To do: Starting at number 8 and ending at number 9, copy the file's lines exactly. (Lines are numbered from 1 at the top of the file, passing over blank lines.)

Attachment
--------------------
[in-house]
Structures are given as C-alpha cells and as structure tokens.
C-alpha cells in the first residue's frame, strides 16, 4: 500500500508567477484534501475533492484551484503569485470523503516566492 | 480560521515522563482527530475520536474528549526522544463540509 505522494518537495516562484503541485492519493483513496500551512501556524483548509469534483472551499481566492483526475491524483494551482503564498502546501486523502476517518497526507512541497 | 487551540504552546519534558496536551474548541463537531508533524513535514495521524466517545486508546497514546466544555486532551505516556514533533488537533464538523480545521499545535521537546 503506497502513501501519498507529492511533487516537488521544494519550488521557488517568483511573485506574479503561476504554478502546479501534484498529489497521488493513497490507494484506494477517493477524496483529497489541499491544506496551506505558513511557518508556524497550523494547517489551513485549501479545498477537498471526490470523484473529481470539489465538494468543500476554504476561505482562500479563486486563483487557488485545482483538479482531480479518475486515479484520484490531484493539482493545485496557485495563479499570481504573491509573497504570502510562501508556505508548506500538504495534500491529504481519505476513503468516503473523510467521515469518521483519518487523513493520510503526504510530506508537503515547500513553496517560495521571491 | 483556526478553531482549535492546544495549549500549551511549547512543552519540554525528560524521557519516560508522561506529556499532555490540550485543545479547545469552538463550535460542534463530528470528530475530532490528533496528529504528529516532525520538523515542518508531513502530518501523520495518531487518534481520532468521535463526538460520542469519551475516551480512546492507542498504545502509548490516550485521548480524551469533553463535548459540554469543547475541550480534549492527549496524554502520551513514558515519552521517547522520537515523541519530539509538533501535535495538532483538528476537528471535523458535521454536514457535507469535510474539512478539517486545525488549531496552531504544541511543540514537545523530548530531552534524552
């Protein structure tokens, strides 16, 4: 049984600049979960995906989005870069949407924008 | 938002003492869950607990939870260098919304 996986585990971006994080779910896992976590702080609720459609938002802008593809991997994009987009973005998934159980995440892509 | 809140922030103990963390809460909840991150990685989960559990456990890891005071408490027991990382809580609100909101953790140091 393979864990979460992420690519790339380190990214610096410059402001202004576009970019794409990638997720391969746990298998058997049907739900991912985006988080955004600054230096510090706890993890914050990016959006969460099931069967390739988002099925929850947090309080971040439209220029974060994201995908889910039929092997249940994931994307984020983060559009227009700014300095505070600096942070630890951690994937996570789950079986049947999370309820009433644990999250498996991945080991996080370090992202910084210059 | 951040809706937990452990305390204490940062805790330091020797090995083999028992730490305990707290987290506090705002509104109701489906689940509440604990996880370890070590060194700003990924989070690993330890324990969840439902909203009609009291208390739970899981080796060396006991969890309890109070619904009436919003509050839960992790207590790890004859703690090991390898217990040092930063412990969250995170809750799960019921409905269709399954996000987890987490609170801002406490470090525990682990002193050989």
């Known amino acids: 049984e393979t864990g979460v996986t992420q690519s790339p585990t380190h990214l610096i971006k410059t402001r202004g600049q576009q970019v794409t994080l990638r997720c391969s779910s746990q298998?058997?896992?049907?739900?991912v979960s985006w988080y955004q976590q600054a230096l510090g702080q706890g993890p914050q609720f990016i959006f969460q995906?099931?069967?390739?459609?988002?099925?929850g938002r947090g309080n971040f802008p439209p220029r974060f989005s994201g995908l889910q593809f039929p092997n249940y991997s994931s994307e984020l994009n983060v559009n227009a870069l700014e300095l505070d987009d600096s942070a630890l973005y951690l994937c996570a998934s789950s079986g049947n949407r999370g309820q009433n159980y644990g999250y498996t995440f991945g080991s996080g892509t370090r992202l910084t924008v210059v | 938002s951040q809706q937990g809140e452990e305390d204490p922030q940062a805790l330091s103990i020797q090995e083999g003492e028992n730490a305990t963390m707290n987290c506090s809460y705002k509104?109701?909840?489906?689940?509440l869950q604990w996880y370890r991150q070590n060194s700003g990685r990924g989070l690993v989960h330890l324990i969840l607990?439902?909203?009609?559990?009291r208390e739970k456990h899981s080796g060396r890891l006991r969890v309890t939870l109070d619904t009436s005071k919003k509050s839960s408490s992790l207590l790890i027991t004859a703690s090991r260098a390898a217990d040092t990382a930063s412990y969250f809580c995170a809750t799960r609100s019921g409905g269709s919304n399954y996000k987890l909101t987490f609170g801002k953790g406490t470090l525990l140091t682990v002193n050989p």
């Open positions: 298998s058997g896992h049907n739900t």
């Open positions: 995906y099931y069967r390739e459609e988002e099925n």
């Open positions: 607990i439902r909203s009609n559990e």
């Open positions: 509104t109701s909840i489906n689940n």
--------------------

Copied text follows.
């Open positions: 607990i439902r909203s009609n559990e």
């Open positions: 509104t109701s909840i489906n689940n």